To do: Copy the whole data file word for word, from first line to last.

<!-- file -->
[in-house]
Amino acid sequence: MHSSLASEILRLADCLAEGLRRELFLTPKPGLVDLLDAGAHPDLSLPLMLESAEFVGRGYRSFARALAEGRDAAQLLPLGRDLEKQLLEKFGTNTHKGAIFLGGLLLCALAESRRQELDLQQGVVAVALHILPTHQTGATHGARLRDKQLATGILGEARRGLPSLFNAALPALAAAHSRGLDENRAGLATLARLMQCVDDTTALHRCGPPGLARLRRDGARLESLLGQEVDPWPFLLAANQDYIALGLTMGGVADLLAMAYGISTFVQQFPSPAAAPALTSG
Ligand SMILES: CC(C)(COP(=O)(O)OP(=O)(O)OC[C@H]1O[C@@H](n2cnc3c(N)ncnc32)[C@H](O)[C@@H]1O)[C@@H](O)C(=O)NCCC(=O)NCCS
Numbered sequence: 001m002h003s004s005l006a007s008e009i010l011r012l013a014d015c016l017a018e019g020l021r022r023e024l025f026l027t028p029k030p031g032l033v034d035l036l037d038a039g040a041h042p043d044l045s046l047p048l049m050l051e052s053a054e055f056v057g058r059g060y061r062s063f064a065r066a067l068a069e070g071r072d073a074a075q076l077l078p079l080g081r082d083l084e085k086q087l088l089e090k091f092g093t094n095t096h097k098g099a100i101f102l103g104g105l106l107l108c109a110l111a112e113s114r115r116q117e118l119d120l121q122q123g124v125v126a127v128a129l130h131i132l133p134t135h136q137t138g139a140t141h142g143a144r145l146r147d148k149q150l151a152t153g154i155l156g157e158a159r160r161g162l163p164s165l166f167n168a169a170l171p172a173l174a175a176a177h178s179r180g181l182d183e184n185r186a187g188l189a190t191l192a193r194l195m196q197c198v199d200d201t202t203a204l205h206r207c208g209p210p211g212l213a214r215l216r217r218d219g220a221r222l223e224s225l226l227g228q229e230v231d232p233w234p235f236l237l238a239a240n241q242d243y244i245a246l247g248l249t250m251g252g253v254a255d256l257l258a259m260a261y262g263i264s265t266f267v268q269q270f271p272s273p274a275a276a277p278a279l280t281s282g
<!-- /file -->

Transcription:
[in-house]
Amino acid sequence: MHSSLASEILRLADCLAEGLRRELFLTPKPGLVDLLDAGAHPDLSLPLMLESAEFVGRGYRSFARALAEGRDAAQLLPLGRDLEKQLLEKFGTNTHKGAIFLGGLLLCALAESRRQELDLQQGVVAVALHILPTHQTGATHGARLRDKQLATGILGEARRGLPSLFNAALPALAAAHSRGLDENRAGLATLARLMQCVDDTTALHRCGPPGLARLRRDGARLESLLGQEVDPWPFLLAANQDYIALGLTMGGVADLLAMAYGISTFVQQFPSPAAAPALTSG
Ligand SMILES: CC(C)(COP(=O)(O)OP(=O)(O)OC[C@H]1O[C@@H](n2cnc3c(N)ncnc32)[C@H](O)[C@@H]1O)[C@@H](O)C(=O)NCCC(=O)NCCS
Numbered sequence: 001m002h003s004s005l006a007s008e009i010l011r012l013a014d015c016l017a018e019g020l021r022r023e024l025f026l027t028p029k030p031g032l033v034d035l036l037d038a039g040a041h042p043d044l045s046l047p048l049m050l051e052s053a054e055f056v057g058r059g060y061r062s063f064a065r066a067l068a069e070g071r072d073a074a075q076l077l078p079l080g081r082d083l084e085k086q087l088l089e090k091f092g093t094n095t096h097k098g099a100i101f102l103g104g105l106l107l108c109a110l111a112e113s114r115r116q117e118l119d120l121q122q123g124v125v126a127v128a129l130h131i132l133p134t135h136q137t138g139a140t141h142g143a144r145l146r147d148k149q150l151a152t153g154i155l156g157e158a159r160r161g162l163p164s165l166f167n168a169a170l171p172a173l174a175a176a177h178s179r180g181l182d183e184n185r186a187g188l189a190t191l192a193r194l195m196q197c198v199d200d201t202t203a204l205h206r207c208g209p210p211g212l213a214r215l216r217r218d219g220a221r222l223e224s225l226l227g228q229e230v231d232p233w234p235f236l237l238a239a240n241q242d243y244i245a246l247g248l249t250m251g252g253v254a255d256l257l258a259m260a261y262g263i264s265t266f267v268q269q270f271p272s273p274a275a276a277p278a279l280t281s282g